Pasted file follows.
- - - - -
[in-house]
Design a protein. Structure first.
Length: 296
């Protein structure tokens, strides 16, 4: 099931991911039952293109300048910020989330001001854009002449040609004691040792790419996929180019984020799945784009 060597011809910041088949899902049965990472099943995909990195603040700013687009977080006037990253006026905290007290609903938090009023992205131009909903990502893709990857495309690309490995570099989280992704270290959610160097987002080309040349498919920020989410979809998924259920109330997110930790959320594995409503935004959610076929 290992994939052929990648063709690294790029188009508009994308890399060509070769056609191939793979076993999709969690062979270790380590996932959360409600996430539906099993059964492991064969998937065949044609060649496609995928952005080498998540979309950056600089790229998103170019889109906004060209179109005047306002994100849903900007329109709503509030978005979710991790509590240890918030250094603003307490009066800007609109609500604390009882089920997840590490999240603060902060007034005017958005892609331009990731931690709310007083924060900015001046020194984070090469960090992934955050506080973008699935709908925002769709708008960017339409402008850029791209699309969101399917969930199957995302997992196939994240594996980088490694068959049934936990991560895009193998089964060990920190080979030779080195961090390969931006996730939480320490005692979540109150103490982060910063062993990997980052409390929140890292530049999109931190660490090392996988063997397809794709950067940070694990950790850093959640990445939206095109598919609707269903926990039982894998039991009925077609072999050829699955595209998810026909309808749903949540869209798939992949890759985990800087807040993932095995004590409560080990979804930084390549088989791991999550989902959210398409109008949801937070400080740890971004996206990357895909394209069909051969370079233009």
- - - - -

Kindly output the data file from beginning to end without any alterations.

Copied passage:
[in-house]
Design a protein. Structure first.
Length: 296
């Protein structure tokens, strides 16, 4: 099931991911039952293109300048910020989330001001854009002449040609004691040792790419996929180019984020799945784009 060597011809910041088949899902049965990472099943995909990195603040700013687009977080006037990253006026905290007290609903938090009023992205131009909903990502893709990857495309690309490995570099989280992704270290959610160097987002080309040349498919920020989410979809998924259920109330997110930790959320594995409503935004959610076929 290992994939052929990648063709690294790029188009508009994308890399060509070769056609191939793979076993999709969690062979270790380590996932959360409600996430539906099993059964492991064969998937065949044609060649496609995928952005080498998540979309950056600089790229998103170019889109906004060209179109005047306002994100849903900007329109709503509030978005979710991790509590240890918030250094603003307490009066800007609109609500604390009882089920997840590490999240603060902060007034005017958005892609331009990731931690709310007083924060900015001046020194984070090469960090992934955050506080973008699935709908925002769709708008960017339409402008850029791209699309969101399917969930199957995302997992196939994240594996980088490694068959049934936990991560895009193998089964060990920190080979030779080195961090390969931006996730939480320490005692979540109150103490982060910063062993990997980052409390929140890292530049999109931190660490090392996988063997397809794709950067940070694990950790850093959640990445939206095109598919609707269903926990039982894998039991009925077609072999050829699955595209998810026909309808749903949540869209798939992949890759985990800087807040993932095995004590409560080990979804930084390549088989791991999550989902959210398409109008949801937070400080740890971004996206990357895909394209069909051969370079233009």